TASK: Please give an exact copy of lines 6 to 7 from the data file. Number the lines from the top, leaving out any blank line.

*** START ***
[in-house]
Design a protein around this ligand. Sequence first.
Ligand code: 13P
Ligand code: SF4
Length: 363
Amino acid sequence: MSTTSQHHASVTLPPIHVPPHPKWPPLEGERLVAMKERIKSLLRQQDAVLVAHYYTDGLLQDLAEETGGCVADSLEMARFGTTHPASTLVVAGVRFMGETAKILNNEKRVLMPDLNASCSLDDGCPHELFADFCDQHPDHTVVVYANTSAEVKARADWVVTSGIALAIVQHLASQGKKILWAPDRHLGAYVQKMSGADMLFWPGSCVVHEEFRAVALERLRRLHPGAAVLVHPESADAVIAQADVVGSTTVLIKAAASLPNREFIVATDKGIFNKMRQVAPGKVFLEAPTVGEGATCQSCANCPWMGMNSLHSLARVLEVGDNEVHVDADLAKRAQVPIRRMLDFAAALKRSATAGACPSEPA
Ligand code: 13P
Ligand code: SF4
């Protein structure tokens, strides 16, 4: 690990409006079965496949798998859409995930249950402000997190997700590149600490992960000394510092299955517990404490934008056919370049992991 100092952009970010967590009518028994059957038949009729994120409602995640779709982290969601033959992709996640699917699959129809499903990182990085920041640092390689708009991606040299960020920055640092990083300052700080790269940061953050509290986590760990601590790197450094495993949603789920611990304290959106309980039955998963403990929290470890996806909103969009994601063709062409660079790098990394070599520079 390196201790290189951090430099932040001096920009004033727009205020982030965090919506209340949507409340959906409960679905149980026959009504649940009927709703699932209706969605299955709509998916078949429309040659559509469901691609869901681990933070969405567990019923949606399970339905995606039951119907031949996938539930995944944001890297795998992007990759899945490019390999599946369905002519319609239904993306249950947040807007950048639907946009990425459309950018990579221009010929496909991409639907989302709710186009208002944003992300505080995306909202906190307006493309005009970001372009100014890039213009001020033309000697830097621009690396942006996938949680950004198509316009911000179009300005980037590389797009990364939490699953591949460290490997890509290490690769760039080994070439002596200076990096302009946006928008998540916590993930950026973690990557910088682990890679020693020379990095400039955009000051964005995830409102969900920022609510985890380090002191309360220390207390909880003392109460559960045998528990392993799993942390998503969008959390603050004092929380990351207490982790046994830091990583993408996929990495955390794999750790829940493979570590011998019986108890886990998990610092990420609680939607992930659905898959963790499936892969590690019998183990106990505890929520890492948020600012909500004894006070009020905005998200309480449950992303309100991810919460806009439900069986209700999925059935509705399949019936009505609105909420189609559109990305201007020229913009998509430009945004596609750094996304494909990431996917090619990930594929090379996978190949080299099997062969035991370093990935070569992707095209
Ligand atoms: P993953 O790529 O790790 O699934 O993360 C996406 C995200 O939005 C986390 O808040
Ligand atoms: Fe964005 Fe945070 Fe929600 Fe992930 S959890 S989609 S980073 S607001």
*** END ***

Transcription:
Amino acid sequence: MSTTSQHHASVTLPPIHVPPHPKWPPLEGERLVAMKERIKSLLRQQDAVLVAHYYTDGLLQDLAEETGGCVADSLEMARFGTTHPASTLVVAGVRFMGETAKILNNEKRVLMPDLNASCSLDDGCPHELFADFCDQHPDHTVVVYANTSAEVKARADWVVTSGIALAIVQHLASQGKKILWAPDRHLGAYVQKMSGADMLFWPGSCVVHEEFRAVALERLRRLHPGAAVLVHPESADAVIAQADVVGSTTVLIKAAASLPNREFIVATDKGIFNKMRQVAPGKVFLEAPTVGEGATCQSCANCPWMGMNSLHSLARVLEVGDNEVHVDADLAKRAQVPIRRMLDFAAALKRSATAGACPSEPA
Ligand code: 13P